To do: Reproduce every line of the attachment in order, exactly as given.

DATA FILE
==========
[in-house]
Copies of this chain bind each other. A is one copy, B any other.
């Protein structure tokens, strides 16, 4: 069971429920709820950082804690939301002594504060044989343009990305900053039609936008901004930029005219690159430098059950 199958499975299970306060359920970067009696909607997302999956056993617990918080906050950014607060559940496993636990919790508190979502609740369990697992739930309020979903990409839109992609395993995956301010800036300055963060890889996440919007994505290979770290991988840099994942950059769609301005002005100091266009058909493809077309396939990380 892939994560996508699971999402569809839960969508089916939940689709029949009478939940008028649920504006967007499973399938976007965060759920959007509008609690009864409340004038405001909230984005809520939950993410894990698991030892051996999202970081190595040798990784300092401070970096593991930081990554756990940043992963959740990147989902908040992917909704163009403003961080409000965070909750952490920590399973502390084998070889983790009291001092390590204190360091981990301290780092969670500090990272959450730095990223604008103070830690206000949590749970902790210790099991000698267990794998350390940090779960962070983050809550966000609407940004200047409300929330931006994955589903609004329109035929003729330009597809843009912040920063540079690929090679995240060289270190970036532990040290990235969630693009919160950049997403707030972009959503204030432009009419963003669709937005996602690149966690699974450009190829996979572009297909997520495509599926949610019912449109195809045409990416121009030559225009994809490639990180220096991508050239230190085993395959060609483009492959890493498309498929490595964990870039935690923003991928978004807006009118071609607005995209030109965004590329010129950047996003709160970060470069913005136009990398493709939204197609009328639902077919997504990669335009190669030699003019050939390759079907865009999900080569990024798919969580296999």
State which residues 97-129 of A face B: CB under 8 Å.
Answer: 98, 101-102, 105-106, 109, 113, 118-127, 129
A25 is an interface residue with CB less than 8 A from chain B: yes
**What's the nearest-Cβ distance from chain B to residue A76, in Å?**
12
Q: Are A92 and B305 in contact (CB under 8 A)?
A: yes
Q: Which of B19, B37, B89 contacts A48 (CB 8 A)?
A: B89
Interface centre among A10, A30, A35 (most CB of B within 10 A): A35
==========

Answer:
[in-house]
Copies of this chain bind each other. A is one copy, B any other.
């Protein structure tokens, strides 16, 4: 069971429920709820950082804690939301002594504060044989343009990305900053039609936008901004930029005219690159430098059950 199958499975299970306060359920970067009696909607997302999956056993617990918080906050950014607060559940496993636990919790508190979502609740369990697992739930309020979903990409839109992609395993995956301010800036300055963060890889996440919007994505290979770290991988840099994942950059769609301005002005100091266009058909493809077309396939990380 892939994560996508699971999402569809839960969508089916939940689709029949009478939940008028649920504006967007499973399938976007965060759920959007509008609690009864409340004038405001909230984005809520939950993410894990698991030892051996999202970081190595040798990784300092401070970096593991930081990554756990940043992963959740990147989902908040992917909704163009403003961080409000965070909750952490920590399973502390084998070889983790009291001092390590204190360091981990301290780092969670500090990272959450730095990223604008103070830690206000949590749970902790210790099991000698267990794998350390940090779960962070983050809550966000609407940004200047409300929330931006994955589903609004329109035929003729330009597809843009912040920063540079690929090679995240060289270190970036532990040290990235969630693009919160950049997403707030972009959503204030432009009419963003669709937005996602690149966690699974450009190829996979572009297909997520495509599926949610019912449109195809045409990416121009030559225009994809490639990180220096991508050239230190085993395959060609483009492959890493498309498929490595964990870039935690923003991928978004807006009118071609607005995209030109965004590329010129950047996003709160970060470069913005136009990398493709939204197609009328639902077919997504990669335009190669030699003019050939390759079907865009999900080569990024798919969580296999």
State which residues 97-129 of A face B: CB under 8 Å.
Answer: 98, 101-102, 105-106, 109, 113, 118-127, 129
A25 is an interface residue with CB less than 8 A from chain B: yes
**What's the nearest-Cβ distance from chain B to residue A76, in Å?**
12
Q: Are A92 and B305 in contact (CB under 8 A)?
A: yes
Q: Which of B19, B37, B89 contacts A48 (CB 8 A)?
A: B89
Interface centre among A10, A30, A35 (most CB of B within 10 A): A35